Parkway Cinemas to close next month

mstucka@macon.comJuly 7, 2014 

WARNER ROBINS -- Parkway Cinemas, a mainstay of Russell Parkway for 30 years, is scheduled to close its doors in a month.

Bill Stembler, chairman and chief executive officer of Georgia Theatre Co., said the discount theater doesn’t have the equipment to go on.

At $2.50 per ticket, the six-screen theater had been one of the cheapest entertainment options around. But film companies have been pushing away from actual film prints, which are costly.

The companies had been financing conversions for regular movie theaters from film to digital, but they would not finance conversions of the discount theaters, Stembler said.

“They made the decision that they would not allow discount theaters to participate in that program of financing. This theater doesn’t have the right equipment to show (digital) movies,” he said.

In the late 1990s, Georgia Theatre Co. opened a more modern theater in what’s now known as the Houston County Galleria. Several years ago, Georgia Theatre Co. opened another movie theater in nearby Kathleen, at the corner of Lake Joy Road and Ga. 96. That newest theater has since been expanded with a 70-foot-wide screen comparable to some of the IMAX movies.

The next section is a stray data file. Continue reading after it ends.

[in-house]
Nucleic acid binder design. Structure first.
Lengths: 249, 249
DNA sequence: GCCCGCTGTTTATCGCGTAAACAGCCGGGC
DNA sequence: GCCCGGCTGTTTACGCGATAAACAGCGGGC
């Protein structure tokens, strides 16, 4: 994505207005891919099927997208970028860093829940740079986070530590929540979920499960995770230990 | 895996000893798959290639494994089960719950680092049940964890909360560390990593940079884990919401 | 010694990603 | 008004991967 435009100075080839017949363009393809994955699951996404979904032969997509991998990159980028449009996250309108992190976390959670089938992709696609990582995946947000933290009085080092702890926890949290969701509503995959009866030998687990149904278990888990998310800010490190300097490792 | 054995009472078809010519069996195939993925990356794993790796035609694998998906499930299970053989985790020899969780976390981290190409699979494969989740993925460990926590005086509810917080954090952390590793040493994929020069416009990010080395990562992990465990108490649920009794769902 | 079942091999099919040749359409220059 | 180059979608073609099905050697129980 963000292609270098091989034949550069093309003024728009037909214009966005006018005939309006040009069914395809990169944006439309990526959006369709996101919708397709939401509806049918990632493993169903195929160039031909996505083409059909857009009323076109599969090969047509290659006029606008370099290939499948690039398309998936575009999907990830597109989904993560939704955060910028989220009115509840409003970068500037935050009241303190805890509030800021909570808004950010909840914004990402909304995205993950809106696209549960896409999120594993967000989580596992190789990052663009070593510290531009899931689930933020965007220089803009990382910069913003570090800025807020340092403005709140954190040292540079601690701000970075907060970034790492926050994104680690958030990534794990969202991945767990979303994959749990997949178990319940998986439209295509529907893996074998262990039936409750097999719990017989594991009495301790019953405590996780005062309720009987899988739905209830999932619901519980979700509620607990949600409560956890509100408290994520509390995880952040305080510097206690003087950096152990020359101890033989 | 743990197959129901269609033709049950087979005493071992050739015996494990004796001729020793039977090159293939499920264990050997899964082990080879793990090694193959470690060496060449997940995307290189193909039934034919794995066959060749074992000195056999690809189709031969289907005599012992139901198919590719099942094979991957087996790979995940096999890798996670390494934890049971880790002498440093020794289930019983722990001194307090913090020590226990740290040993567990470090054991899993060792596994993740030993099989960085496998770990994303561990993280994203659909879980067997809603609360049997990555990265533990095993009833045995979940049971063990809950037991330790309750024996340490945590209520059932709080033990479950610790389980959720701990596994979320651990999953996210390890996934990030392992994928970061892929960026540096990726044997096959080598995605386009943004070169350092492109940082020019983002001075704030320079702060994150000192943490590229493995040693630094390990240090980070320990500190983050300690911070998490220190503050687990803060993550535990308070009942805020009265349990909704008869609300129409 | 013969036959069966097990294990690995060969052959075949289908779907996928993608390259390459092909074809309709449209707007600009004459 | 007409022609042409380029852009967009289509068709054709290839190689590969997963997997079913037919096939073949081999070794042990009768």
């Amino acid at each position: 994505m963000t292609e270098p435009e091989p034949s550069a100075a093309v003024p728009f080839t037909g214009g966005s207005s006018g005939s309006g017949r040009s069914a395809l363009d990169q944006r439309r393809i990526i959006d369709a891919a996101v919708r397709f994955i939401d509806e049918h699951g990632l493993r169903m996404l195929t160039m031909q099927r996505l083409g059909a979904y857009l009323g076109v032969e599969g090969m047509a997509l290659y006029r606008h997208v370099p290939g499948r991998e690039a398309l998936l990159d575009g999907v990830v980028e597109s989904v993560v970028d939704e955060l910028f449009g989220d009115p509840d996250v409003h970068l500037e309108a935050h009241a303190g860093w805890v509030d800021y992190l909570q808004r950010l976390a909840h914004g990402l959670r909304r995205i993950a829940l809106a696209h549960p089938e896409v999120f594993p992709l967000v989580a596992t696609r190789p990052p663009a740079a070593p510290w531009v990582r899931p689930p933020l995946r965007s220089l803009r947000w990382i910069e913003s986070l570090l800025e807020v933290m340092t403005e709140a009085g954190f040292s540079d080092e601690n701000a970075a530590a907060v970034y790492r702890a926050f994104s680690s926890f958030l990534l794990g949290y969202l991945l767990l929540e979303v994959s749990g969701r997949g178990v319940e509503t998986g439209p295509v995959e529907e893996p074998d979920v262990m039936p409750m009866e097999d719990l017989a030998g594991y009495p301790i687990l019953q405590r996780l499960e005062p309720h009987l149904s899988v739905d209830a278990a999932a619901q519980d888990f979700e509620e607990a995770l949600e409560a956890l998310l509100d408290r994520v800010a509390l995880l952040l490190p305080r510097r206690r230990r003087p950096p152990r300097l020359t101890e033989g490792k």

“It’s been more than replaced by other newer, more modern theaters,” Stembler said.

Georgia Theatre Co. closed another discount theater in Valdosta earlier this year, and it has just three other discount theaters in operation in a chain of 30 theaters. The film companies aren’t distributing much on film any more, making non-digital theaters like Parkway Cinemas no longer viable.

“It’s kind of hard if you don’t have something on the screen,” Stembler said.

The theater has screened some movies, such as “The Lego Movie,” after they’ve been released on DVD.

Stembler said the building will be leased by Mark Fogarty, pastor of the First United Pentecostal Church. Fogarty could not be reached for comment.

A Facebook group formed to save the Parkway Cinemas had 135 members as of Monday afternoon. A drive to raise $1 million to buy equipment for the theater and keep it open had attracted no contributions by Monday.

Some employees will move to other locations, Stembler said.

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